Public historians Greg Donofrio and Denise Pike recently hosted a historical walking tour with MnDOT for the 35W@94 project. Their research presented focused on highway planning in the 1950’s and 60’s and how assumptions were made about the neighborhood along 35W, leading to long-term social and economic impacts. We got the chance to interview them about their research—
Q: What inspired this project/ research?
Greg Donofrio: There are several reasons why Denise and I wanted to develop a community-engaged pubic history project centered around 35W in South Minneapolis. Between the two of us, we've been working for several years on different projects with collaborators who live and work in that community-my students and I on the Arthur and Edith House, and Denise and her co-curator Kacie Lucchini Butcher on the exhibit Owning Up. Our collaborators identified the the freeway as a topic worthy of community exploration and discussion because many have painful memories of its construction, and they have continued to live alongside it for the past fifty years.
The timing of the project also made sense to us because the current 35W@94 corridor improvement project is on the minds of everyone who lives in and commutes around the Twin Cities and beyond. And we imagine that the large earth moving equipment and associated sounds and piles of construction debris that are now on-site enable us to better understand, at an experiential level, the freeway's original construction. Lastly, there is an emerging local and national discussion about the disparate impact of freeways on communities of color, which the city seeks to address in its proposed Minneapolis 2040 Plan.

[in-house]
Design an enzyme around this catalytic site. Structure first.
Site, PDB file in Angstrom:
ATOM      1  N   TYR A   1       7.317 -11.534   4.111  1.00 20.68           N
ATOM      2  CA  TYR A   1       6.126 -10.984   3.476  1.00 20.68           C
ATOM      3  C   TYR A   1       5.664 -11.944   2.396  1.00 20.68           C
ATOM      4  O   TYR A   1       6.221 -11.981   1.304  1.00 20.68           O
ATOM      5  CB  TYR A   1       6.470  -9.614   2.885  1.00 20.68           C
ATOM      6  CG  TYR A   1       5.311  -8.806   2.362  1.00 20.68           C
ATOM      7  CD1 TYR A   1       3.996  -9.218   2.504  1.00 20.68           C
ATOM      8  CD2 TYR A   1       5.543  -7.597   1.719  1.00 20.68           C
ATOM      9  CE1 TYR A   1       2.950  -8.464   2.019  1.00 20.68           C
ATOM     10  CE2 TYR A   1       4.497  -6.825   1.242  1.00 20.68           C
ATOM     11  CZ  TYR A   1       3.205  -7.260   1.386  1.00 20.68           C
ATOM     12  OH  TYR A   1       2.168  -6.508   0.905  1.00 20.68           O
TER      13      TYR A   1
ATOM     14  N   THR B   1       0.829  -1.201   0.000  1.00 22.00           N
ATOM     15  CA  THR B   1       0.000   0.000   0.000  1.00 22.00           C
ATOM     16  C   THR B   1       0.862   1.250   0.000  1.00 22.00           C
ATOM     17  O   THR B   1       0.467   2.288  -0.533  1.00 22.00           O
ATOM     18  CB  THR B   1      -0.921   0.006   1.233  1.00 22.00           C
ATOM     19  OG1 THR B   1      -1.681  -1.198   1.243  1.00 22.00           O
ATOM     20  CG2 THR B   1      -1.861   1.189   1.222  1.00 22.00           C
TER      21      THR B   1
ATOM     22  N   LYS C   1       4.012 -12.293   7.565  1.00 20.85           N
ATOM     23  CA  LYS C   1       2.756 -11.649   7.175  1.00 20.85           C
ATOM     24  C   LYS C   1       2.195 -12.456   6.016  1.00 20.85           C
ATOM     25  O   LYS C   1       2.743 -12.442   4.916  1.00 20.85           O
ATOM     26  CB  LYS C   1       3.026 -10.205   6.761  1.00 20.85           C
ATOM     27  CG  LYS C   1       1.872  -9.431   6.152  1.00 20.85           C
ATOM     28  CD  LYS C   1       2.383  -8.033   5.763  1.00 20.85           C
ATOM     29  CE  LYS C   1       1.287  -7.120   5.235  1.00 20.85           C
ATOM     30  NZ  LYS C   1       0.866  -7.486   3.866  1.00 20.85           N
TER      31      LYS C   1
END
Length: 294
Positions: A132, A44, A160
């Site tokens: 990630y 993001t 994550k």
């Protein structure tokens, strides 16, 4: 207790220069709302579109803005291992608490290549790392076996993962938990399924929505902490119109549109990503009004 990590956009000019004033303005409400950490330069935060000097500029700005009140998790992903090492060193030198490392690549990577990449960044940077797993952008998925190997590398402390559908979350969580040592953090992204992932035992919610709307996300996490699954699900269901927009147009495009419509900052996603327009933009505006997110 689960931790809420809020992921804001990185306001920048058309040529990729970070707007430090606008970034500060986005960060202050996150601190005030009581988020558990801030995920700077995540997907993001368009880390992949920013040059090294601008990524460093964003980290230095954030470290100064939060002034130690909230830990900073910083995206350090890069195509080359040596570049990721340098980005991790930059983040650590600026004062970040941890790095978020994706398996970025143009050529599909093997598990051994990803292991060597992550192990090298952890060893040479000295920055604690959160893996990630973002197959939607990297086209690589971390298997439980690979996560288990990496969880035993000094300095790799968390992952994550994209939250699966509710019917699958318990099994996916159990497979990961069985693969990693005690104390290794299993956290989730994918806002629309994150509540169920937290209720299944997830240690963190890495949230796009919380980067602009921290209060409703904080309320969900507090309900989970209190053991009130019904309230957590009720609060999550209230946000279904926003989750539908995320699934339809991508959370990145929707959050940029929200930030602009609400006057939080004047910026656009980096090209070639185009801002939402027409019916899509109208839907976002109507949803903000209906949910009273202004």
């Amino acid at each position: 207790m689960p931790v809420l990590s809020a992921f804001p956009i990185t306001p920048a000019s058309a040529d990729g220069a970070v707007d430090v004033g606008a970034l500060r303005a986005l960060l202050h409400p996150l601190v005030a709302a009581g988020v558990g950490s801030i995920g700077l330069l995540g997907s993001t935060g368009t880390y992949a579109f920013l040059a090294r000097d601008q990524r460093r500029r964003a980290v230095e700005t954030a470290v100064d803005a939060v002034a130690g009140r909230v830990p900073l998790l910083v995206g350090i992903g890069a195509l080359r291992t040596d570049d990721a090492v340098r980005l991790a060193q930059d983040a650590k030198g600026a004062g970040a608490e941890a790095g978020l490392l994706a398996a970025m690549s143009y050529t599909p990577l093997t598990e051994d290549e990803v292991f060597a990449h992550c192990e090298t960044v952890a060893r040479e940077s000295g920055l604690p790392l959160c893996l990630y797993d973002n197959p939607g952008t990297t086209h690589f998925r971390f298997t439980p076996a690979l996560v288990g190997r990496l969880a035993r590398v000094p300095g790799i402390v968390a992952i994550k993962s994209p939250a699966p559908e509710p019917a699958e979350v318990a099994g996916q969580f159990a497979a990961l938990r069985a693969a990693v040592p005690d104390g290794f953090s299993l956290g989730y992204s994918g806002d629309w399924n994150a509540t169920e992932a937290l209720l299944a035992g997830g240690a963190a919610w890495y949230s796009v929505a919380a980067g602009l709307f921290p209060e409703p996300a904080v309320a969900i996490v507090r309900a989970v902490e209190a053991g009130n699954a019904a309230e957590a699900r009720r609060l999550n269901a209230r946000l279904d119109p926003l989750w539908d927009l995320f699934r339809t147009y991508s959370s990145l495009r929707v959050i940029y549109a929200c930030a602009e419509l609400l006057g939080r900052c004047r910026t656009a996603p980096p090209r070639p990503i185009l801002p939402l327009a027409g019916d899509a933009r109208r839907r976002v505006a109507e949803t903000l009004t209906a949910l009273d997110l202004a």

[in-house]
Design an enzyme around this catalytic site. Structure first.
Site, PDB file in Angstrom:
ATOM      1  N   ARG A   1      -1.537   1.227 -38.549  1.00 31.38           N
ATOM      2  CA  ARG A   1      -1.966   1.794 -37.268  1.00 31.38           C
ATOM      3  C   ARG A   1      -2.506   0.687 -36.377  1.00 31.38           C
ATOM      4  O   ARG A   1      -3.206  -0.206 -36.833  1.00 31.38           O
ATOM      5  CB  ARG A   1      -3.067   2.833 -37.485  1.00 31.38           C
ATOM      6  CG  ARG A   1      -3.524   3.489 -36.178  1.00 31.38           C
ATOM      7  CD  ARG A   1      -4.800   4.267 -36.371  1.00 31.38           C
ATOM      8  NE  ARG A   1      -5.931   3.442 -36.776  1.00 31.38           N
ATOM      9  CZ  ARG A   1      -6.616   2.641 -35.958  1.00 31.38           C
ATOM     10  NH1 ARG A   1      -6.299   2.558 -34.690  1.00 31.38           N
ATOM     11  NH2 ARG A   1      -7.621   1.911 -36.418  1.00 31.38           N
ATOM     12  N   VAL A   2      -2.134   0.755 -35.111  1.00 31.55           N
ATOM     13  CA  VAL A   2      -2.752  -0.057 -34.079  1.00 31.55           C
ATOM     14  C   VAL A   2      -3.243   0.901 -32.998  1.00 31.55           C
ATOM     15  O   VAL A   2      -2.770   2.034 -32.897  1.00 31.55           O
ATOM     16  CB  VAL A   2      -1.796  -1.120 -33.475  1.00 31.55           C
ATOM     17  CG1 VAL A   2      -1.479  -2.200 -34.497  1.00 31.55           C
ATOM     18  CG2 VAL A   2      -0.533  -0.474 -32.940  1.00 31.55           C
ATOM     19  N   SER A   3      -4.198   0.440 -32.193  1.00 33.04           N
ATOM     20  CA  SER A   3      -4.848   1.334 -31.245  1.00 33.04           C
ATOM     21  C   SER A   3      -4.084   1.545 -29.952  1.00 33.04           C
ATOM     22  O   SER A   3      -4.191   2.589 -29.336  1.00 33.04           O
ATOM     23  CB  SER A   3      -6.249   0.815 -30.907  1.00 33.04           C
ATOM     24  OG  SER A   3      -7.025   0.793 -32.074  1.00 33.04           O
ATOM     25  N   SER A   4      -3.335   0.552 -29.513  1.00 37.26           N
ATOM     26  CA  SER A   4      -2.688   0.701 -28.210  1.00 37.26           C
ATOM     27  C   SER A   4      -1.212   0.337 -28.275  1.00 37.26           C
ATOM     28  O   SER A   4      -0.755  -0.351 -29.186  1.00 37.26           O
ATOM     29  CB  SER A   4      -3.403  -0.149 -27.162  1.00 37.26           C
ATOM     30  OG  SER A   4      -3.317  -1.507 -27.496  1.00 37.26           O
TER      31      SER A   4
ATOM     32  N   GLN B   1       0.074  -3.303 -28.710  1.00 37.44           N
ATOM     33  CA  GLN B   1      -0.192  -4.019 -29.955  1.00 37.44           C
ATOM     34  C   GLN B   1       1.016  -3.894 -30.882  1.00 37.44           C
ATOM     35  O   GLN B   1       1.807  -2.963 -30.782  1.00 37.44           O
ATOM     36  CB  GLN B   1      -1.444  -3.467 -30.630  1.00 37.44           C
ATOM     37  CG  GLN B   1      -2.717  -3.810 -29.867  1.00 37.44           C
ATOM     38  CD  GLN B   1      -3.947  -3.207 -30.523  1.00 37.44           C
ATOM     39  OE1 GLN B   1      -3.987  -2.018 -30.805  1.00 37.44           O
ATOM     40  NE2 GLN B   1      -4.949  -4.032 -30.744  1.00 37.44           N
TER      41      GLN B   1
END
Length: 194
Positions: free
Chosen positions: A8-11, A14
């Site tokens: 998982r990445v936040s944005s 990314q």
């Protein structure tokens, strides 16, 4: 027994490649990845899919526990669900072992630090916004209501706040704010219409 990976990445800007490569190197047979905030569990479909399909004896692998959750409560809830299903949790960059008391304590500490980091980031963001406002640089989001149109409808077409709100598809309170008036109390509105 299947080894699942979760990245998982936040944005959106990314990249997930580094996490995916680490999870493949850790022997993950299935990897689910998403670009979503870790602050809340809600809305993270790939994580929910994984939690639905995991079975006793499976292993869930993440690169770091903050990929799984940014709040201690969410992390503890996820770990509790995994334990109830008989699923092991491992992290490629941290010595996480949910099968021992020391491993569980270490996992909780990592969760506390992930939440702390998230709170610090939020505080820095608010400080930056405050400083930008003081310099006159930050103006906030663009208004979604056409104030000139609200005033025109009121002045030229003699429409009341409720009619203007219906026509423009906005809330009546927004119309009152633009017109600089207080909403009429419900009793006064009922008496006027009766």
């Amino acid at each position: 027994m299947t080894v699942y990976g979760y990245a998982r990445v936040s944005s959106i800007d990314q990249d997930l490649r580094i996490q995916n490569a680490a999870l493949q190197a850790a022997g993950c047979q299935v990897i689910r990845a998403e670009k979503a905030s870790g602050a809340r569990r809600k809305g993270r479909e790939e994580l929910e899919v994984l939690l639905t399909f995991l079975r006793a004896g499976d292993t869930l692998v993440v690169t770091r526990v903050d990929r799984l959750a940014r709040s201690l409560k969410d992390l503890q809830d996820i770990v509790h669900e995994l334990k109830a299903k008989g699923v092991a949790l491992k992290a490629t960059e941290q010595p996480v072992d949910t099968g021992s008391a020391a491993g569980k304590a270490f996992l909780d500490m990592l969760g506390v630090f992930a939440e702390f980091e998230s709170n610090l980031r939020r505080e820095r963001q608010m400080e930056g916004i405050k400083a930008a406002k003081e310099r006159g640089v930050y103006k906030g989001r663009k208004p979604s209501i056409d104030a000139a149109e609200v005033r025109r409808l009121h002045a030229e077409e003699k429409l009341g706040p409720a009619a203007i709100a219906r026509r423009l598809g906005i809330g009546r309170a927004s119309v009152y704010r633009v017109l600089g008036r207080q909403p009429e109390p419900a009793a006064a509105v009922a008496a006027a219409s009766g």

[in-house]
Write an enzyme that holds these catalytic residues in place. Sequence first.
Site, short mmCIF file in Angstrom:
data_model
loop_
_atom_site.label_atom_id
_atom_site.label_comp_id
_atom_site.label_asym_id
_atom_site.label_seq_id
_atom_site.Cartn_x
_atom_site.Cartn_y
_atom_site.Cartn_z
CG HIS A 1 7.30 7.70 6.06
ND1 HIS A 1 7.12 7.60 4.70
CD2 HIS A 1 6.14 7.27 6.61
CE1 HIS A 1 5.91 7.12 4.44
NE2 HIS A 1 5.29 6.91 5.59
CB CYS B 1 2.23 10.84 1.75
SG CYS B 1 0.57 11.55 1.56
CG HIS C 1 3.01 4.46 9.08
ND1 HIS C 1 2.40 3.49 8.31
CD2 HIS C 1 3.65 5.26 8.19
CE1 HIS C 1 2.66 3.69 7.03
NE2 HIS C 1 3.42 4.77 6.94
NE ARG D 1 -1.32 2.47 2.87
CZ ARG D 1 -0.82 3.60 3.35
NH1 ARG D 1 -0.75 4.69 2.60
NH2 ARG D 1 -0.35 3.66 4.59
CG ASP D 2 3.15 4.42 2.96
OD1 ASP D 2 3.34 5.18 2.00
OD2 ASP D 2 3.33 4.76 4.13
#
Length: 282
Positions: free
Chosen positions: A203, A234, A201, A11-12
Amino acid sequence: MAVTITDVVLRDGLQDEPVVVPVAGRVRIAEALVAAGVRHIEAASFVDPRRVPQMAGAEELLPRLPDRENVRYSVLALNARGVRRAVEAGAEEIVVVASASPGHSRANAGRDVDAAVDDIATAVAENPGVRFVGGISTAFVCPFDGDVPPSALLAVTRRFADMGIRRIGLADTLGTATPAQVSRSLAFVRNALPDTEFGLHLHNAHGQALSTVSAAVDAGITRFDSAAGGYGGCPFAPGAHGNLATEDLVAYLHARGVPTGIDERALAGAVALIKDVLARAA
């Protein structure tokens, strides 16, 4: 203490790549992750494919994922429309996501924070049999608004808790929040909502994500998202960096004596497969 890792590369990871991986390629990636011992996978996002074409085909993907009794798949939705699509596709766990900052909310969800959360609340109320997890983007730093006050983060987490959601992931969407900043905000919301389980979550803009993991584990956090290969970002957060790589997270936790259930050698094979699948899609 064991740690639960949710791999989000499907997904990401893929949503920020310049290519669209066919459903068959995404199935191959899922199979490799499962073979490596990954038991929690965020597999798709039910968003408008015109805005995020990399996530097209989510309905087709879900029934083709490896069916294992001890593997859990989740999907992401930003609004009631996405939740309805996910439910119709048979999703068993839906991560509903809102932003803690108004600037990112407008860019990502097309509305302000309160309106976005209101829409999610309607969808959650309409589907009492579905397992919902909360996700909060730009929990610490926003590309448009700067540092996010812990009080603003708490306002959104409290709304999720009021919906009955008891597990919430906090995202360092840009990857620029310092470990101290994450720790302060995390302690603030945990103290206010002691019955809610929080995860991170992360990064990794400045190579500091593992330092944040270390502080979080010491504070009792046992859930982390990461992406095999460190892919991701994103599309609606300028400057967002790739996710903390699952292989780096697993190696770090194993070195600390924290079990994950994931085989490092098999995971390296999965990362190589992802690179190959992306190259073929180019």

Q: How do you think this research will impact communities in Minneapolis?
GD: Diverse members of South Minneapolis communities accept our invitation to contribute to a digital archive about 35W, and suggest ideas for the exhibition. We believe that understanding one’s own experience as being important to the history of a place can be transformative, validating, and affirming. This also extends to the experiences of one’s family and forbearers.
The project sheds a light on this topic of community concern, drawing people together who haven't yet met each over but who share a common experience of, or impact from, the freeway. The exhibit will generate and reinvigorate new discussions about the freeway--its historical legacies as well as its ongoing impacts.
Discussion will contribute to action. The section on "Freeway Remediation" in the Minneapolis 2040 Plan talks about wanting to "repair the damage done" to people who were harmed by freeways. But we believe more public discussion needs to happen to determine who was harmed, and how, and what they would like to see by way of "repair." So, we hope that this project becomes a base of engagement that helps communities organize and prepare to participate in planning for the future of South Minneapolis neighborhoods, documenting and amplifying community solutions for change.
Photograph courtesy of Hennepin History Museum archives.